Write What You Want; How I Won (But Really Lost) Camp NaNoWriMo

I lost at Camp NaNo this year, guys.

Well, technically, I “won.” I have my word count validated and the winner’s goodies secured. And in all fairness to myself, I did write the 20,000 words I marked down as my goal (after a slight adjustment to my word goal that I felt was necessary to keep my morale going). But it’s not like my past NaNo victories because I don’t feel like I won.

It’s not like last November when I reached that final word of the month and did a triumphant air-punch, then popped open a bottle of champagne to celebrate. This month I hit my goal, validated the word count on Camp NaNo’s site, and then shrugged and continued on with my day.

How I Did Camp NaNo This Month

It’s not that I’ve become disenchanted with NaNoWriMo’s quantity-over-quality approach to writing. I still think that participating in the various NaNo events is the single most wonderful thing I do for my writing.

But this month was not a typical month in the life of Taylor. This month was challenging – and while I thrive on challenges, I find that my writing suffers while I’m focusing on other areas of my life that are in flux.

So instead of sitting down at the computer each day and opening up my Camp NaNo project with the enthusiasm of a child who wakes at 6am on Christmas morning, I met my writing with a sense of disdain and self-loathing. I’d churn out a thousand words just to be done with my project for the day so I could tend to other areas of my life.

And after a week of writing, I realized that I didn’t even want to be working on my Camp NaNo project. I had a million other stories in my head that I would have rather started writing. But I’d already committed myself to the project and decided to just push through to my 20k words.

What that resulted in was a bunch of limp prose and poorly formed plots.

Essentially, I feel like I wrote a bunch of crap just to “win.”

When I look at what I produced this month, I’m in no way proud of it. This isn’t even a story I look at and say: “It needs a lot of work, but with some intense editing and revision, it’ll be good.” No, this is something I look at and say: “I can do absolutely nothing with this.”

How I Should Have Done Camp NaNo This Month

Looking back on this month, I’m tempted to say that I shouldn’t have even done Camp NaNo at all. That I should have focused exclusively on the other areas of my life that needed tending to. But I’m of the belief that a disciplined writer sits down and writes every day, even when they don’t feel inspired to do so. Even when producing each word is as painful as pulling teeth.

But I’m also of the belief that when you’re inspired and truly interested in your writing, the quality of your work skyrockets.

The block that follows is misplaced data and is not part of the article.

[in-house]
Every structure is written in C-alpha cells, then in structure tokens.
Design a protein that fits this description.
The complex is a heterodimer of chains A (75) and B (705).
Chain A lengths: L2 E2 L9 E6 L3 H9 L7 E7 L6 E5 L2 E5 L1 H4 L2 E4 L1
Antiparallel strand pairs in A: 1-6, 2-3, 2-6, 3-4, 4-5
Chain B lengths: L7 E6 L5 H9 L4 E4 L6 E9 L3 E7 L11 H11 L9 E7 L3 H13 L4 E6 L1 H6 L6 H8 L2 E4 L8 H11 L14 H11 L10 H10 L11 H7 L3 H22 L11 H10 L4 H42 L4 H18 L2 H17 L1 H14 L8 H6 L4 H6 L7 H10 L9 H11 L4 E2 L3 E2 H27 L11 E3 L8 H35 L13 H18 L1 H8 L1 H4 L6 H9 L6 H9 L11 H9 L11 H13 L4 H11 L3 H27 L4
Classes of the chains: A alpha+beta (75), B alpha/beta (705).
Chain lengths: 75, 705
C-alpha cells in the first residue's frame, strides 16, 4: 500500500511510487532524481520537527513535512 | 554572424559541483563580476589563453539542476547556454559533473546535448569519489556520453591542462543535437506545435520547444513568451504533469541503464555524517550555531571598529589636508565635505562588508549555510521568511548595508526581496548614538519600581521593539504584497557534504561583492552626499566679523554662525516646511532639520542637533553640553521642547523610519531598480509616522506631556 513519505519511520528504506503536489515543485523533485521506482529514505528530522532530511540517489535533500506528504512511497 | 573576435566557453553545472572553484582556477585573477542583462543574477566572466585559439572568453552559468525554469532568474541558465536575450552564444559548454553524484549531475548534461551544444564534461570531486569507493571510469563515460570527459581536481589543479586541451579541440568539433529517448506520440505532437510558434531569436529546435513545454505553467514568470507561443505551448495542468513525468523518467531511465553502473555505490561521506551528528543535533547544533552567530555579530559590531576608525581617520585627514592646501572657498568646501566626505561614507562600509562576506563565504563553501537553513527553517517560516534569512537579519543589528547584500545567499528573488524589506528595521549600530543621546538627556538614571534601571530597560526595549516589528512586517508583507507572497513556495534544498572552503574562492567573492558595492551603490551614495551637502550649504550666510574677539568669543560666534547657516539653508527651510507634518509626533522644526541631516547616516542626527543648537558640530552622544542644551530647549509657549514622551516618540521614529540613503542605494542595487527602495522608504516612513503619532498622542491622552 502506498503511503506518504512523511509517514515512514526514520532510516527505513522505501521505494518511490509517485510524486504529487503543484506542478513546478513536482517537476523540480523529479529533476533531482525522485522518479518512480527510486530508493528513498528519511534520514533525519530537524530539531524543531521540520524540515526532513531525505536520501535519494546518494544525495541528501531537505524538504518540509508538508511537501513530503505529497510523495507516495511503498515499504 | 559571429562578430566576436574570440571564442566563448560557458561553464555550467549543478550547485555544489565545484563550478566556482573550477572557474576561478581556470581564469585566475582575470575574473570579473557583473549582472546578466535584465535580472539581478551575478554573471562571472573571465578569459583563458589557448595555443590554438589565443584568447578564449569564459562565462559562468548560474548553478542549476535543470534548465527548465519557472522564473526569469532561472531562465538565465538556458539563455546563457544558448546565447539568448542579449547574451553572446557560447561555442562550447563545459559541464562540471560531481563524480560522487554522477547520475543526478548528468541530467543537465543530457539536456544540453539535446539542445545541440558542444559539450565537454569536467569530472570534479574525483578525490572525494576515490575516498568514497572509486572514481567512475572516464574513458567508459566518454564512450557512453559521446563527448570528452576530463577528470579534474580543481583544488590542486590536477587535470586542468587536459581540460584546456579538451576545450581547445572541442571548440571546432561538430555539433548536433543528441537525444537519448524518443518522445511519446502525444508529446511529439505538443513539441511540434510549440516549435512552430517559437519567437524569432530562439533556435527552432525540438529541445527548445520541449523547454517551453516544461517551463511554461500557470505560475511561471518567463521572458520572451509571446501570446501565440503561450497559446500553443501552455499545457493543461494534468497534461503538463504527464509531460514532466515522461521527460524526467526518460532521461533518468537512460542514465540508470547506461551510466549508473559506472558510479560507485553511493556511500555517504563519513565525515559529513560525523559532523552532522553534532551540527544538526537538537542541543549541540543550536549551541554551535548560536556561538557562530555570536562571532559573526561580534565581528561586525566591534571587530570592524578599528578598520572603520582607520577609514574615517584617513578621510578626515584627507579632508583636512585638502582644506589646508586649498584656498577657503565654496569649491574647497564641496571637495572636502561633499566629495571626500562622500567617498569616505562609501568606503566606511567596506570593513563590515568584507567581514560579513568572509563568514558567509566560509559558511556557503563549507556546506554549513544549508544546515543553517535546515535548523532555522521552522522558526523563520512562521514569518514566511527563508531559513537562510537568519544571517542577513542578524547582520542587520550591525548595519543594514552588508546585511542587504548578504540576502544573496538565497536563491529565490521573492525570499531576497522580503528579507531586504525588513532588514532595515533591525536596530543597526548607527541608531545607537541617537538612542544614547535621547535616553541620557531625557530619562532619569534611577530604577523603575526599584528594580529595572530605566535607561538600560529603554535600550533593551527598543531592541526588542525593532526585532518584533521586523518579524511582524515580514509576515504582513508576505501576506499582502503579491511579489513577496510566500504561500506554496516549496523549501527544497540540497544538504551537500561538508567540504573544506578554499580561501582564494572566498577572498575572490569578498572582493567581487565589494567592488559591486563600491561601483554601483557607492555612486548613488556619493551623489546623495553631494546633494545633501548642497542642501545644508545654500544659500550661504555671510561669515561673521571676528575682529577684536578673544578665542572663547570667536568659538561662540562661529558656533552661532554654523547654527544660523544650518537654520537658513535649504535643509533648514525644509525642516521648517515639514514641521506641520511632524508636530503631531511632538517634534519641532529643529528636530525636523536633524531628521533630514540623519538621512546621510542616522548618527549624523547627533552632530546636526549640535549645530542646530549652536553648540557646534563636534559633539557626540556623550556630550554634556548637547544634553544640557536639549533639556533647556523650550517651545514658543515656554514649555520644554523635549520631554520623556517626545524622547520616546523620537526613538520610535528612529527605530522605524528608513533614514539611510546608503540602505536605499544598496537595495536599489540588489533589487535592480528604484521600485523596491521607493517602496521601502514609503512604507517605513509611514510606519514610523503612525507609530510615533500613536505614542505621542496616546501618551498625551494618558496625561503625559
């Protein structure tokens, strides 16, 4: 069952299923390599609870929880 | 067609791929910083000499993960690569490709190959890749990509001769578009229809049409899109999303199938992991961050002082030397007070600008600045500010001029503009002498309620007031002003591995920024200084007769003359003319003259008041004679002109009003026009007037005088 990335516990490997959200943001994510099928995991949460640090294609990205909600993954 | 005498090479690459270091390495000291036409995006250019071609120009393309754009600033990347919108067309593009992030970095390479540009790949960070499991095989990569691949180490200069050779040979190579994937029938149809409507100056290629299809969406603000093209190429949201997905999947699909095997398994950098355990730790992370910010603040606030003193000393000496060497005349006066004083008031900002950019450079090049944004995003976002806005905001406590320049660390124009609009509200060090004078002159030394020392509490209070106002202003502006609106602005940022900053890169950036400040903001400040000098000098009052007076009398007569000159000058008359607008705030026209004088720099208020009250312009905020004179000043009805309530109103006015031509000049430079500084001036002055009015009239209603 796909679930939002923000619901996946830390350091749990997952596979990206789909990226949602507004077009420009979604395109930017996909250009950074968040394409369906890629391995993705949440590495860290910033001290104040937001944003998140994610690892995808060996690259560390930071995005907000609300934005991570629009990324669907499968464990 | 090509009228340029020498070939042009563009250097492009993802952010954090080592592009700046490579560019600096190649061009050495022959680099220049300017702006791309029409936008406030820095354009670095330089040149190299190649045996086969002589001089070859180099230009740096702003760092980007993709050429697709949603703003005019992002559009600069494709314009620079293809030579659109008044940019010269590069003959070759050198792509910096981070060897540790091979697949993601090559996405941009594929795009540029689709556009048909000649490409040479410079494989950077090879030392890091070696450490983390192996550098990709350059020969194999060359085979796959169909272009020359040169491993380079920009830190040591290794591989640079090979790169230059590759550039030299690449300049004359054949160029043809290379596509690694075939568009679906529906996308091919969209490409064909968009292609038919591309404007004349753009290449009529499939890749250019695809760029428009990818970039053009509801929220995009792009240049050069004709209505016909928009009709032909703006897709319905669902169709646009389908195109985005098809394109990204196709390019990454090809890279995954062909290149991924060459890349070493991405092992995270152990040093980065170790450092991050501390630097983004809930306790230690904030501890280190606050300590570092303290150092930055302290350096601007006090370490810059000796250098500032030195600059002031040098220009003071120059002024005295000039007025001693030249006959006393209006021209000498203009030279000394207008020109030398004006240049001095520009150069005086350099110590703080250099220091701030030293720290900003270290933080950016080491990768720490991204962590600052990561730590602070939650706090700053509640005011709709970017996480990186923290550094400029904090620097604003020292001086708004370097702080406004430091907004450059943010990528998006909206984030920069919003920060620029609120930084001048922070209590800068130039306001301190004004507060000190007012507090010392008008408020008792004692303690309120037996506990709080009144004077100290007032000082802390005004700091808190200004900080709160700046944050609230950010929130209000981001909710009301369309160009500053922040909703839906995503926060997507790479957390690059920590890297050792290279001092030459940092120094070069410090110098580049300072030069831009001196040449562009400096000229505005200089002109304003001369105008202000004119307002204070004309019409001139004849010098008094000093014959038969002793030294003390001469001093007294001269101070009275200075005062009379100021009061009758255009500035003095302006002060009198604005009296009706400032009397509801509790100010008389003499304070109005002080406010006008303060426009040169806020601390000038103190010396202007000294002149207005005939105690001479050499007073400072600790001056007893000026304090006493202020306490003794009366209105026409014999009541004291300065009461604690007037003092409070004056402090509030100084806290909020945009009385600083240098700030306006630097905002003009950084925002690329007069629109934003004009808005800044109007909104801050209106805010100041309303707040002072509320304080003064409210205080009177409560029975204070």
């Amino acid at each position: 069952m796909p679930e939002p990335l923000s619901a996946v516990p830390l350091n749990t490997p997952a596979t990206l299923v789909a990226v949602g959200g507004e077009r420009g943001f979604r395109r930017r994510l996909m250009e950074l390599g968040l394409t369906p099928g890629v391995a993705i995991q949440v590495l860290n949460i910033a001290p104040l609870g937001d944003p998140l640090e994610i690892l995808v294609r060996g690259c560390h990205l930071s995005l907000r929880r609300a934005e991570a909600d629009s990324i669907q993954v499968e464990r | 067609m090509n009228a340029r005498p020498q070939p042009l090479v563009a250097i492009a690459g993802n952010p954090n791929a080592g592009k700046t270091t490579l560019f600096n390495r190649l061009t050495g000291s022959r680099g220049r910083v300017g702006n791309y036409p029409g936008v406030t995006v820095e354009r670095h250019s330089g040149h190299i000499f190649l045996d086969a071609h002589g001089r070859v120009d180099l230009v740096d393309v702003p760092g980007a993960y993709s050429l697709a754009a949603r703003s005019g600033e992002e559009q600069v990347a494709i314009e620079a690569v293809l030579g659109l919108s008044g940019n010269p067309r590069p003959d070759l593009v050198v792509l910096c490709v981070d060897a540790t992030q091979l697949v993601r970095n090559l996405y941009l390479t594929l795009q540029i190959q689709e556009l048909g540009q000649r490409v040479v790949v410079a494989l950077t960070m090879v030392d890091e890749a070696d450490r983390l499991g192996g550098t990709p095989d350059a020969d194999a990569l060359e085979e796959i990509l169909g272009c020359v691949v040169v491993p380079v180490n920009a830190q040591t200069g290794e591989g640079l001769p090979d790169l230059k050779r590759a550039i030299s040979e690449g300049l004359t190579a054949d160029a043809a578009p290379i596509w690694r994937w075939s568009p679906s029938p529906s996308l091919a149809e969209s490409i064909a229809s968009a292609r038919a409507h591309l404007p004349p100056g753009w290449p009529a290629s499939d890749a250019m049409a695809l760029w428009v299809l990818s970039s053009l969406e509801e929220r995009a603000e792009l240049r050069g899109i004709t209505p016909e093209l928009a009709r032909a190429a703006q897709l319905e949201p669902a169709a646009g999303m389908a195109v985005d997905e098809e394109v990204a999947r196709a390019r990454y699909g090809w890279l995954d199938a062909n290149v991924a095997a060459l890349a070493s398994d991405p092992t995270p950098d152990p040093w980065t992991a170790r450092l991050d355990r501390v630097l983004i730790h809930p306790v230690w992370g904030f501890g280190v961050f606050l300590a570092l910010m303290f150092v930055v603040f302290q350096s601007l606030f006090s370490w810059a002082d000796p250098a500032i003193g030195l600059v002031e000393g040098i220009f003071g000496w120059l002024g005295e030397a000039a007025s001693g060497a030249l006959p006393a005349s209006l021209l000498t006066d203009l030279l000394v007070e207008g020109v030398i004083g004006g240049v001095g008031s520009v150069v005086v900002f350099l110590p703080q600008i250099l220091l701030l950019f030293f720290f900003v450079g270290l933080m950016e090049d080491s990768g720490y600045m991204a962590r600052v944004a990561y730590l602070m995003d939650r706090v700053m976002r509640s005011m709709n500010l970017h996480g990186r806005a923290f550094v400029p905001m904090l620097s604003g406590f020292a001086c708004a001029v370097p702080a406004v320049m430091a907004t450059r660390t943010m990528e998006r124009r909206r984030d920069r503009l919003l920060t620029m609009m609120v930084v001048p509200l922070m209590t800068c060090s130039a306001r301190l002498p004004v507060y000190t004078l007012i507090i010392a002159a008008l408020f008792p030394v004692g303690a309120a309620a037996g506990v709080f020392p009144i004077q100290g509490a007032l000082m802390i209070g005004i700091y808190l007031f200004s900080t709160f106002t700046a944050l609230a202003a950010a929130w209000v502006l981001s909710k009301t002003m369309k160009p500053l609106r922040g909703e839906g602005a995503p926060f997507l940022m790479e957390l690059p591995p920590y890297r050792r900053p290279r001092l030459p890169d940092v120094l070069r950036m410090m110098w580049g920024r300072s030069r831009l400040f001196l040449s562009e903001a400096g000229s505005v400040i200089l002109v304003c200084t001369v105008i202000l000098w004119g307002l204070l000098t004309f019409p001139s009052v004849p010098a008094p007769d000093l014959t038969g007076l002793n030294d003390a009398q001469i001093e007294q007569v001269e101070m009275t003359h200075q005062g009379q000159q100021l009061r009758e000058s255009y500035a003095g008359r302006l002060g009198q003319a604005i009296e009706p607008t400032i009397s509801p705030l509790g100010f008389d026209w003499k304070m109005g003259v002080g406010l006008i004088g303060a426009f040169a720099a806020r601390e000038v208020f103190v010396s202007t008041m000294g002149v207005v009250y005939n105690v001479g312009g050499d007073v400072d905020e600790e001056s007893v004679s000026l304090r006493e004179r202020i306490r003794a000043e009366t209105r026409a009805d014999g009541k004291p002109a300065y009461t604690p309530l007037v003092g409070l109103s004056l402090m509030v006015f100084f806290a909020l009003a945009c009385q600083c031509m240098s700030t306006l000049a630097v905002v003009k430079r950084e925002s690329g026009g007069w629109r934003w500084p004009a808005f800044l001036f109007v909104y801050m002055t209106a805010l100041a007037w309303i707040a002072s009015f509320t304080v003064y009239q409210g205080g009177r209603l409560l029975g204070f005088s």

I guess what it comes down to is this: there are times when you need to push through with a piece and times when you need to let it sit and bake a bit more.

Thinking about it, I probably should have stopped partway through Camp NaNo and focused on other stories that I was more inspired by rather than focusing on this one for the sake of winning.

Sure, I can get the “Camp NaNo 2014 Winner” badge and cash in on some of their other goodies now, but at what cost? I spent hours this month writing something I hated and that I doubt I’ll ever come back to.

Technically, I won Camp Nano. But I feel like I lost it.

What I Learned From Camp NaNo This Month

While it’s important to stick with projects when they get difficult, you have to be in touch with your inner writer and gauge what the best use of your time is. If I had switched gears part way through Camp NaNo, I may not have come out of it a “winner,” but I probably would have come away with a piece of writing I was proud of and wanted to continue working with.

So my writing advice today boils down to this: while goals are important, don’t let them run or ruin your writing. Write what you want to write. Write something because it you love it. Write something because it makes you want to get out of bed early and stay up late to get more words down. Write for yourself, not for the “win,” and you’ll come out ahead.


How was your Camp NaNo experience this month? Did you win? Lose? Not even participate? Most importantly, what did you learn? Tell us in the comments below!

2 thoughts on “Write What You Want; How I Won (But Really Lost) Camp NaNoWriMo

  1. Well said! I totally agree, you should write something you love and write it for yourself, to make yourself happy. I don’t participate in NaNo but I think your advice can be applied to whenever your writing. I here a lot of writers say to love what you are writing because you are going to have to read it a thousand times.

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